Picture this: You’re out in the wild, surrounded by the beauty of nature, the wind rustling through the leaves, and the sun casting a warm glow on the trail.

Suddenly, you spot a pair of keen eyes watching you from the distance. It’s not a friendly hiker, nor is it a mischievous squirrel. It’s a coyote!

While encounters with these curious canines are relatively rare, knowing how to react when you meet one is essential. In this guide, we’ll delve into the world of coyotes and uncover the dos and don’ts of dealing with them, all with a dash of adventure and humor.

What To Do If You See A Coyote While Hiking

Know Your Coyotes 

Coyotes are remarkable creatures, often considered the wily tricksters of the wild. They’re members of the dog family and are known for their intelligence and adaptability.

These medium-sized canines typically sport a grayish-brown coat with keen yellow eyes that seem to hold endless secrets.

You’re likely to spot them in various habitats, from open fields to suburban neighborhoods, so that you might cross paths with one during your hiking adventures.

The Do’s and Don’ts 

Now that you’ve come face to face with a coyote, it’s time to remember the golden rules:


  1. Maintain Eye Contact: Keep those peepers locked on the coyote. It sends a signal that you’re aware of its presence.
  2. Appear Larger: Raise your arms and make yourself look as big as possible. Think of it as your “coyote superhero” pose.
  3. Back Away Slowly: While keeping eye contact, take slow and deliberate steps backward. Maintain your cool.
  4. Speak Calmly: In your best soothing voice, talk to the coyote. You can even throw in a friendly “Hey there, coyote buddy.”
  5. Use Noise-Making Devices: If the situation escalates, whistle or shout to deter the coyote.


  1. Don’t Run: Whatever you do, resist the urge to bolt. Coyotes have a knack for chasing things, and you want to avoid being their afternoon jog.
  2. Avoid Direct Eye Contact: Staring them down might make them feel threatened. Instead, blink occasionally to appear less aggressive.
  3. No Feeding: Offering treats might sound like a good idea, but it’s not. Feeding wild animals can lead to habituation, which is a fancy way of saying “they’ll keep coming back for more.”
  4. Don’t Approach or Pet: Remember, these are wild animals. Resist the temptation to pet the coyote and share your granola bar.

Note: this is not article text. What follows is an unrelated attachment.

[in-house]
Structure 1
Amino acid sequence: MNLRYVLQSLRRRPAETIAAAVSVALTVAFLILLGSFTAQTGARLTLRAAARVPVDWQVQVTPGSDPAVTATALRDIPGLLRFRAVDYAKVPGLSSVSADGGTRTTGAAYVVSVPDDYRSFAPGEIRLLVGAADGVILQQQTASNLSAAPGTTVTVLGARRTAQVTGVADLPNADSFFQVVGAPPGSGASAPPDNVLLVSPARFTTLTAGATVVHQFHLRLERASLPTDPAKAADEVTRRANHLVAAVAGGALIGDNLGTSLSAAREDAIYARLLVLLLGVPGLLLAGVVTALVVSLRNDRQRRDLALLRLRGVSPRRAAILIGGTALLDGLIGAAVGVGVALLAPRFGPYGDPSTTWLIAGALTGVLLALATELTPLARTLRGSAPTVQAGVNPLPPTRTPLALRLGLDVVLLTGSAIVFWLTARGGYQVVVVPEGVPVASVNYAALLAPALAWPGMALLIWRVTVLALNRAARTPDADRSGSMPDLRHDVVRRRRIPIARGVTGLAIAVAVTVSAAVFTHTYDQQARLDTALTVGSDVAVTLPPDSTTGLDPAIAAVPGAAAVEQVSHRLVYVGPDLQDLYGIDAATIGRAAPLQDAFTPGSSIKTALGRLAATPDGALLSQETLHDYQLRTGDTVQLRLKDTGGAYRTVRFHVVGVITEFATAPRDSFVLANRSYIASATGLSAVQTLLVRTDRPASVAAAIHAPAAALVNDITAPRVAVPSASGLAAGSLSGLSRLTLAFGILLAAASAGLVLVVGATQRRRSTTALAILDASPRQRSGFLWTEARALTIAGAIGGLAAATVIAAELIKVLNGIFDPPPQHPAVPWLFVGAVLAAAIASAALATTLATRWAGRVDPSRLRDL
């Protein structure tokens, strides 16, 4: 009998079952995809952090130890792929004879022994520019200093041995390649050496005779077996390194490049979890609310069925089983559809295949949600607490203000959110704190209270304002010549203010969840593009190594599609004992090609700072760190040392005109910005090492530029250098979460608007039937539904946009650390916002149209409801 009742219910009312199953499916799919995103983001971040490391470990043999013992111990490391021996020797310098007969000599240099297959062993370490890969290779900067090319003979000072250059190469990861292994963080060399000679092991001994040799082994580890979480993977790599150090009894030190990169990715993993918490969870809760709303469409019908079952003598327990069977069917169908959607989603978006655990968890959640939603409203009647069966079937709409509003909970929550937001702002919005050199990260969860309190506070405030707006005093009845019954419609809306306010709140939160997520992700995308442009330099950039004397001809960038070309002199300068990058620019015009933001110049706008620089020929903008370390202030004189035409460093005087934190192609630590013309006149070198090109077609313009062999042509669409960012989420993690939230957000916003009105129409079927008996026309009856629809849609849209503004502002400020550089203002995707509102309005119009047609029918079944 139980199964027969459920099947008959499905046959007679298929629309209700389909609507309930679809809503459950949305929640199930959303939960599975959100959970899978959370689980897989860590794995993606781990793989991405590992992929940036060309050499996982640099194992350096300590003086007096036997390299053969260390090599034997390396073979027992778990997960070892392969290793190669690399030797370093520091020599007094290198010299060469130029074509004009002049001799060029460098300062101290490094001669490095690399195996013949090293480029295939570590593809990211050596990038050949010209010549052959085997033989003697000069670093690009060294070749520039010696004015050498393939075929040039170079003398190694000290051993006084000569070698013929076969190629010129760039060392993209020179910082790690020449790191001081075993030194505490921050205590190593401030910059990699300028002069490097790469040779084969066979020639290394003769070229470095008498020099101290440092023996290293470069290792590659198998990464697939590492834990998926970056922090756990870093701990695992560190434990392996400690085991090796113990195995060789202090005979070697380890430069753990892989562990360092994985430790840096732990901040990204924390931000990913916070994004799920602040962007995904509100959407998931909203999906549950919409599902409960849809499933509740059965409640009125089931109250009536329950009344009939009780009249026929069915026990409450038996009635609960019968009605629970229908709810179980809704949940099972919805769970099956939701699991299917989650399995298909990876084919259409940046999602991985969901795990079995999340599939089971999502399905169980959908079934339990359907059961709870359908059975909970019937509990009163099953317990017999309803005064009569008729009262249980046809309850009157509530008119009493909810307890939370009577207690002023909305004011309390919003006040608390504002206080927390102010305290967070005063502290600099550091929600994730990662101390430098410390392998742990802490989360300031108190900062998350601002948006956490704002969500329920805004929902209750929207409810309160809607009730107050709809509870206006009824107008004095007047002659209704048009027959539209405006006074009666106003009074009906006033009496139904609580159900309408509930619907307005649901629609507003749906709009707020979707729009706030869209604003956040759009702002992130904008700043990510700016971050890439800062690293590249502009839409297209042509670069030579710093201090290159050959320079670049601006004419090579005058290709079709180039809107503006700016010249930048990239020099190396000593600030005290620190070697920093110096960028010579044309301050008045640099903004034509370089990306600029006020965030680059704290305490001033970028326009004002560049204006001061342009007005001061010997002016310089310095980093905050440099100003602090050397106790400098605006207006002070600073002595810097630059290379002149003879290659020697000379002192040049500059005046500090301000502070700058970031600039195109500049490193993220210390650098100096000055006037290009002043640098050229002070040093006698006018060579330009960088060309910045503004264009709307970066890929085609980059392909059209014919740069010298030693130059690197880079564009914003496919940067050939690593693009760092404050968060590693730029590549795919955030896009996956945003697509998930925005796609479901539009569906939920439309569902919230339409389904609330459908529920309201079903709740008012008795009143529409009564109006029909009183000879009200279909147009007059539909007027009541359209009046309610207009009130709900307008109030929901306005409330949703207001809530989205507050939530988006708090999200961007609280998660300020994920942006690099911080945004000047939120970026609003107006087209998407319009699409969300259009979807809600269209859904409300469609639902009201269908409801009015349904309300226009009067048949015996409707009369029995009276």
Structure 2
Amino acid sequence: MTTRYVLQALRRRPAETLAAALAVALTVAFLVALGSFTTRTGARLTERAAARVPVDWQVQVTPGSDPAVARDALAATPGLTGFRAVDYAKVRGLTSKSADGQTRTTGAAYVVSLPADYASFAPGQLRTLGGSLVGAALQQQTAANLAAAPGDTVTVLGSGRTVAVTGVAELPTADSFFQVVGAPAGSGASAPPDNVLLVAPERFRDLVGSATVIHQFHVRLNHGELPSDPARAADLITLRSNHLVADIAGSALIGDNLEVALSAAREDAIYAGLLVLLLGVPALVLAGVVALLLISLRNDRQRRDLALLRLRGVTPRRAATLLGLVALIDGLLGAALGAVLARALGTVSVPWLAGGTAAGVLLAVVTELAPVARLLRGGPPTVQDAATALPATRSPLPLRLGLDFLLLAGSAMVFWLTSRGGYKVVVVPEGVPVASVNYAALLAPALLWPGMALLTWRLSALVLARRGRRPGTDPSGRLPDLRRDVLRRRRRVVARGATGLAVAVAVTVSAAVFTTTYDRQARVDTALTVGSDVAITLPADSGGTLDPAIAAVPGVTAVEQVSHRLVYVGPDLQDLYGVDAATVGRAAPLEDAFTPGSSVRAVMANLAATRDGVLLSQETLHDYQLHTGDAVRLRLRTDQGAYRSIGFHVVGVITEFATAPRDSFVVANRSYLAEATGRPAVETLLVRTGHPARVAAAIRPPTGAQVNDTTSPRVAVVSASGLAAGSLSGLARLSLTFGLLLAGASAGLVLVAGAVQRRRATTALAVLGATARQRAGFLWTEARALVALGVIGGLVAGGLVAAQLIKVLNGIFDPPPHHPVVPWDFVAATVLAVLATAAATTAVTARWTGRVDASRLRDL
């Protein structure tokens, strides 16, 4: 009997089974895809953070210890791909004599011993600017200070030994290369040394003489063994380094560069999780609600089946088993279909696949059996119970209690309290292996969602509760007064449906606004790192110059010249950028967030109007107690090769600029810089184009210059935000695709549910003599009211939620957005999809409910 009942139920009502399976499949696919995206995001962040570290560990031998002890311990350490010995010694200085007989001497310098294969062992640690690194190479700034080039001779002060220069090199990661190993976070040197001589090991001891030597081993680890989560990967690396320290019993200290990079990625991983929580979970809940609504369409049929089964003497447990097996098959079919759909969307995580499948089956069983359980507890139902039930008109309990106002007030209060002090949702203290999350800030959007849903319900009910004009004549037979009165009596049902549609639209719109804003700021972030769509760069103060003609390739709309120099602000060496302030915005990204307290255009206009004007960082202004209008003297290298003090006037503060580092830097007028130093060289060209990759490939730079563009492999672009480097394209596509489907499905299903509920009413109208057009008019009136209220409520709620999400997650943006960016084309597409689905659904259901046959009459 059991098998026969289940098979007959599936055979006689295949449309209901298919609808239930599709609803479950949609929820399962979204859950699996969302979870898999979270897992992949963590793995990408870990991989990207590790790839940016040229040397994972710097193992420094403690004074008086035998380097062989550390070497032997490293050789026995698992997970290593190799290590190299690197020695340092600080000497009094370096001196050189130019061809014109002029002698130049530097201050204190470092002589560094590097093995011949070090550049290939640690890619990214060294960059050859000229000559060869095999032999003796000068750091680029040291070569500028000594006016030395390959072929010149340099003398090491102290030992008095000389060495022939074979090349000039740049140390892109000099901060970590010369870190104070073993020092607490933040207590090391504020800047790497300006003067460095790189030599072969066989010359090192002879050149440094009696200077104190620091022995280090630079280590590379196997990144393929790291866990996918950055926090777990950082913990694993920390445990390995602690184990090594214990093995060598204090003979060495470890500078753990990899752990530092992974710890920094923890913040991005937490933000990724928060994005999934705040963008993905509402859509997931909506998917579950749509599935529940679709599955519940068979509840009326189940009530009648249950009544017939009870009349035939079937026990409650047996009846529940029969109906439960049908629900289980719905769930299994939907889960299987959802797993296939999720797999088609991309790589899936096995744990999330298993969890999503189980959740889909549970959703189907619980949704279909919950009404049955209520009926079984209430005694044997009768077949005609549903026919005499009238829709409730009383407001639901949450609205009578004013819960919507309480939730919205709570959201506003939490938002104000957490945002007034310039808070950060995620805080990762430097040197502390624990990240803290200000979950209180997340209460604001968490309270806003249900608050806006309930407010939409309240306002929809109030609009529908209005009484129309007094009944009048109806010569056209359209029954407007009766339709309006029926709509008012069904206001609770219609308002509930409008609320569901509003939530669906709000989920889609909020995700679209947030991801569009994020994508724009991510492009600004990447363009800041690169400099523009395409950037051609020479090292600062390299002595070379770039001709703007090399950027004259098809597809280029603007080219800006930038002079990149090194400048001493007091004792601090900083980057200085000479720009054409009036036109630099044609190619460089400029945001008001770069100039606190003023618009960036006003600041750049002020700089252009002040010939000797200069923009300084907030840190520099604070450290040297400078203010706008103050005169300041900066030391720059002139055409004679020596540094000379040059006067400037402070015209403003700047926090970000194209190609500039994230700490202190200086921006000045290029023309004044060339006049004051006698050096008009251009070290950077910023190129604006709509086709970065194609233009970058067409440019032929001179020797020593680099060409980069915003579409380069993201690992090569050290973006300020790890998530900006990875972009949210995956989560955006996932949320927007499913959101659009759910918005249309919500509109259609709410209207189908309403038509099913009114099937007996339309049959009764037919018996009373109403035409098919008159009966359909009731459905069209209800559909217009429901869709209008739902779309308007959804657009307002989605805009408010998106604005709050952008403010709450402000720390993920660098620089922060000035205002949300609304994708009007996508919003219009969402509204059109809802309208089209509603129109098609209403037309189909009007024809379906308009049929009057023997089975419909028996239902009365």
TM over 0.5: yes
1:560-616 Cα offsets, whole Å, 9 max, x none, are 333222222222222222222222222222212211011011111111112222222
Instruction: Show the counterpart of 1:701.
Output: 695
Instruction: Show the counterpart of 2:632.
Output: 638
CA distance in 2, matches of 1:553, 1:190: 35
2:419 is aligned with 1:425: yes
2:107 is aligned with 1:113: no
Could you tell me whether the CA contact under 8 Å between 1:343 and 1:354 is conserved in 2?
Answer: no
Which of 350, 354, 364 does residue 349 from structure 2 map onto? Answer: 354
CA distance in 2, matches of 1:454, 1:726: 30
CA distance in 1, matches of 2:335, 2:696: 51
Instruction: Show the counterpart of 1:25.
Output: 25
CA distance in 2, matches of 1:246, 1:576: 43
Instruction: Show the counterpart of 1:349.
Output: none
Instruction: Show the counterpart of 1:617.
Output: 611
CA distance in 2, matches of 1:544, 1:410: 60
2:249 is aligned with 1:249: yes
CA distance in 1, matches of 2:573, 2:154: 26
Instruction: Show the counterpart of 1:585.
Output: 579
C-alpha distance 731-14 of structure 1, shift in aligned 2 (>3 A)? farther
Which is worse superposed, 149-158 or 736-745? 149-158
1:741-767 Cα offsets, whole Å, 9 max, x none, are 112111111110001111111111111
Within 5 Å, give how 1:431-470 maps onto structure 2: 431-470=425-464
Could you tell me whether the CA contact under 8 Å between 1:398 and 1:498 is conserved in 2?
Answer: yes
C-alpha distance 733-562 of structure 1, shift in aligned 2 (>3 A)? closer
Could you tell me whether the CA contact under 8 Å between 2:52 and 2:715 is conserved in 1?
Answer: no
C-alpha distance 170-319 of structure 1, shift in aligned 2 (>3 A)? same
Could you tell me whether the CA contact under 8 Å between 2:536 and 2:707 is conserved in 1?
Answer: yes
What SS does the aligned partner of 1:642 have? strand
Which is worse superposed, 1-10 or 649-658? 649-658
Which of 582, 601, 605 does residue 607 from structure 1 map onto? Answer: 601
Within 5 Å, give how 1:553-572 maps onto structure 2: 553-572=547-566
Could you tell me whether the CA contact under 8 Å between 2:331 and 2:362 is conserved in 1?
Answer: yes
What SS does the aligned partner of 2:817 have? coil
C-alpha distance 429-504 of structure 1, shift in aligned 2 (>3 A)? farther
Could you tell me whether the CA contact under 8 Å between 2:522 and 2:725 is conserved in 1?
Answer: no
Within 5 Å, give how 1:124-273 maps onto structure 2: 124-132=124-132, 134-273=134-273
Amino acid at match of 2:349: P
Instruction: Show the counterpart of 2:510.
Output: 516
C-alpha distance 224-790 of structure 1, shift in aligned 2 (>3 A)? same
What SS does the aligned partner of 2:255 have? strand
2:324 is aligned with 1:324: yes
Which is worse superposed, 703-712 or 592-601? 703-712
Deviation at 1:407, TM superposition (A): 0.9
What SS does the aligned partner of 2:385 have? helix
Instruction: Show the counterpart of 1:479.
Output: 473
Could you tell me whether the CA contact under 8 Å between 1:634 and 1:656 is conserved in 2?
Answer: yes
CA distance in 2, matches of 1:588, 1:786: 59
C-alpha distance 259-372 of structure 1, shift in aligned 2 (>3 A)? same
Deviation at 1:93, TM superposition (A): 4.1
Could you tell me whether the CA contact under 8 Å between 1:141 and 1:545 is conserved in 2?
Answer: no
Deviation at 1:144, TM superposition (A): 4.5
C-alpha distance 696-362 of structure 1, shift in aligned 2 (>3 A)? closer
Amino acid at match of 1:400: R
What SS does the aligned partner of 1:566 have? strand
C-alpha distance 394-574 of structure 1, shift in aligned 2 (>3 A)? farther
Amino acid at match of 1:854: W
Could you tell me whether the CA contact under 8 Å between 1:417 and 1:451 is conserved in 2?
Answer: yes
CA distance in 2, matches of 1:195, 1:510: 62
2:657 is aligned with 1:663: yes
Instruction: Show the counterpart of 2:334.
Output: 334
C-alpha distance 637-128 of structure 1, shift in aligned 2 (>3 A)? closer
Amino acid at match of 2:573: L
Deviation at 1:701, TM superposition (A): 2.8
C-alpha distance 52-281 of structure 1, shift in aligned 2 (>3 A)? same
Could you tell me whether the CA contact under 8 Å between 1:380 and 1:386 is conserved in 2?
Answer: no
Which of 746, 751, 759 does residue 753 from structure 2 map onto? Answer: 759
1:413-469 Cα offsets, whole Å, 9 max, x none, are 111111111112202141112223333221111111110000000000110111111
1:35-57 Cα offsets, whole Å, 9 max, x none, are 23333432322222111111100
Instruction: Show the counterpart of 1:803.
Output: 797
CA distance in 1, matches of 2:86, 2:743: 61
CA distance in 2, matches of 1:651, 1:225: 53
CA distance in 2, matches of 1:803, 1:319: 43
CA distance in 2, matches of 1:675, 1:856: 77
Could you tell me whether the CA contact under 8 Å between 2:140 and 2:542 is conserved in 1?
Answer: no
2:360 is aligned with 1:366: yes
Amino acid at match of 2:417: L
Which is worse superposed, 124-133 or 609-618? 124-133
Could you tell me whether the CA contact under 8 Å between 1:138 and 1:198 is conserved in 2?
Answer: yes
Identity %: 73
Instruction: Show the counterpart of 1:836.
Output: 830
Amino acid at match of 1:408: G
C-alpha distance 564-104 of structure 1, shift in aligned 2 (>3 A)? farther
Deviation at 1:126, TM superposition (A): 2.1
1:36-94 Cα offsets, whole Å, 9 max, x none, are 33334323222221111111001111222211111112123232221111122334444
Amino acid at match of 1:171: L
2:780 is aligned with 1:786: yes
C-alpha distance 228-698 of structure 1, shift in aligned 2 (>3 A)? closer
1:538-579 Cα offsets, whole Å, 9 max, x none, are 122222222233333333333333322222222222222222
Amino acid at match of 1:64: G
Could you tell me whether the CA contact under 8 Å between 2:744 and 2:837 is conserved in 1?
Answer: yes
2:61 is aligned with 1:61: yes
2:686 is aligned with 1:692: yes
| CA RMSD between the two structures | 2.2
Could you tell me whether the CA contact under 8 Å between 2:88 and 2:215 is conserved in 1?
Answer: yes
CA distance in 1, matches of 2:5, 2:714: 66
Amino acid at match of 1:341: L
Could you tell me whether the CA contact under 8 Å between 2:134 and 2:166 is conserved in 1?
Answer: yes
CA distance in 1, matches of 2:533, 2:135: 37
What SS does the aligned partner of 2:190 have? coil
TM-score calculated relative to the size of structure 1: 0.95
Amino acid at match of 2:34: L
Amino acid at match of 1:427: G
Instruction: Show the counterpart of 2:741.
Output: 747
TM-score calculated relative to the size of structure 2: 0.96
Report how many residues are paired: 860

SCoyote Behavior and Misconceptions 

Let’s debunk some myths. Contrary to popular belief, coyotes are not lurking in the woods, plotting to steal your picnic basket. They’re curious creatures, and when they approach humans, it’s usually out of curiosity or a desire for an easy meal.

Attacks on humans are rare; most coyotes would rather avoid you altogether. So, rest easy knowing that they’re not the villains they’re sometimes made out to be in the movies.

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Preventive Measures 

While coyotes are generally not a cause for concern, being proactive is always a good idea. Here are some tips to reduce the likelihood of a coyote encounter:

  • Hike in groups; there’s safety in numbers.
  • Make noise as you hike to announce your presence.
  • Keep your pets on a leash, and pick up small dogs if you encounter a coyote.
  • Secure your food and trash to avoid attracting wildlife.

When Are Coyotes Most Active? 

Coyotes are not your typical early risers or night owls. Instead, they fall somewhere in between. These crafty canines are most active during dawn and dusk, often called their “crepuscular” activity period.

If you’re hiking during these times, you’re more likely to spot a coyote or have a chance encounter. However, enjoy the outdoors at these magical hours; remain vigilant and follow the do’s and don’ts mentioned earlier to ensure a safe and memorable hiking experience.

Reporting Coyote Encounters 

If you encounter a coyote that displays aggressive behavior or appears sick or injured, it’s essential to report it to your local wildlife authorities. They can assess the situation and take appropriate action to ensure the safety of both humans and coyotes.

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In the great outdoors, surprises are part of the adventure. While spotting a coyote may not be what you expected, armed with these do’s and don’ts, you can confidently navigate such encounters.

Remember, coyotes are as much a part of the wilderness as we are, and by respecting their space, we can continue to enjoy the beauty of the natural world safely.

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